Mortgage Rates: Why Are They So Low?
Mortgage rates are determined every day by the Federal Reserve or the government. The interest rate a mortgagee will receive depends on several factors. The prime rate is one such factor. The prime rate is the rate you will receive from a lending institution if you apply for a loan. Many people think that if they have a great credit score or some other factor that they are guaranteed to receive a good interest rate, however this is not true.
Jumbo mortgage rates depend on a number of factors. Conforming loans are based on a certain index decided each day when most mortgage rates are released. For instance, a 30-year fixed rate is usually tied to what’s known as the Fannie Mae 30 year fixed mortgage bond. If you take out a loan that has a higher than average interest rate, your mortgage interest rate will be higher than many people with lower scores.
Other factors include the amount you want to borrow and your income. Lenders will usually look at what you earn and how much debt you have and then use these two factors together to determine your mortgage rates. A common misconception is that all borrowers with bad credit will have to pay high rates, however this isn’t the case. Traditional mortgages are available to those with bad credit as well.
You can increase your chances of receiving a good interest rate by shopping around for the best quotes from various lenders. There are several websites that allow you to request free quotes from various lenders. This allows you to compare interest rates from multiple lenders. This is one of the best ways to ensure that you get the best possible deal on your loan.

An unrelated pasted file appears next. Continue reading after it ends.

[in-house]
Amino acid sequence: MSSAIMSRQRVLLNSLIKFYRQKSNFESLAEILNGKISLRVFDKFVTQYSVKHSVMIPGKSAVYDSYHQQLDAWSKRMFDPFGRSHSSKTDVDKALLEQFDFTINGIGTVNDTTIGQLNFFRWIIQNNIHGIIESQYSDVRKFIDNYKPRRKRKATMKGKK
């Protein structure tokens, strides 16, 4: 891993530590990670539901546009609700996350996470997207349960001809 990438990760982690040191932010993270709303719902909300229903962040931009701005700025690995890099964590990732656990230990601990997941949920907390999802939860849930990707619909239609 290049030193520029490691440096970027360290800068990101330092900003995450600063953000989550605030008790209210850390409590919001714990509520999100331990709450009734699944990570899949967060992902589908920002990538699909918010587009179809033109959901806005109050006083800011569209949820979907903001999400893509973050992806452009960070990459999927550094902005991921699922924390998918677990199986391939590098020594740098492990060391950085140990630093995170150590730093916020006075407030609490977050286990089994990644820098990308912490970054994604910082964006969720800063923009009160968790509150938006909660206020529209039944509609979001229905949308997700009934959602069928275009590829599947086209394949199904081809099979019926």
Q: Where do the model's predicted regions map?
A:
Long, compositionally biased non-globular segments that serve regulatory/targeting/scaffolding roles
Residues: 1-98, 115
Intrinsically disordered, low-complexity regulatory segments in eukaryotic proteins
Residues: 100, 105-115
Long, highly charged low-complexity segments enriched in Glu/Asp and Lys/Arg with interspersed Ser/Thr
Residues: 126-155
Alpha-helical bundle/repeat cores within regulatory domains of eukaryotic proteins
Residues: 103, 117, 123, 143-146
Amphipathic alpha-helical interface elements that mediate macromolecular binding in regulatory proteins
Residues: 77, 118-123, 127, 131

It may be necessary to extend your loan term if you have a poor credit history. If you do this, then you can generally expect to pay a higher interest rate until the end of your loan period. An extension can help you to save money because it allows the lender to collect extra interest payments over the life of the loan. For jumbo rates, this could potentially save hundreds of dollars per year.
One reason why some lenders are willing to give jumbo rates is because they feel that things will improve in the near future. However, there’s still no guarantee. The Federal Housing Administration (FHA) recently revised their guidelines to suggest that financial hardships are not considered a reason to prevent or delay home purchase. Even worse, the revised guidelines also state that your credit score is not a deciding factor either. This is bad news if you’re trying to purchase a home during a time when interest rates are falling.
The bad news is that if you’re trying to purchase a home during these low times and you have a lot of debt, you might be better off waiting to purchase a home with conforming loans until the economy improves. According to Brad Jackson, executive vice president of mortgage product research at Jackson Hewitt Bank in Round Rock, Texas, the low credit rates currently available might “drown a number of prospective buyers out of the water.” Even though homes are priced higher than ever before, many consumers cannot afford to purchase a home because of high balances on credit cards, loans, and home equity lines of credit.
Another option that homeowners have to obtain lower interest rates and keep down payment sizes is to refinance their adjustable rate mortgages. High interest rate loans with variable loan limits are ideal for borrowers with good credit who want to keep their monthly payments down. In order to qualify for fixed-rate mortgages, borrowers must maintain fixed mortgage loan limits. Unfortunately, fixed-rate mortgages are not yet common. To find the top mortgage rates available, use a mortgage rate calculator that displays loan details, current interest rates, and additional fees and points. Once you’ve found the best rates, be sure to shop around for the best lender so that you can lock in the lowest rates.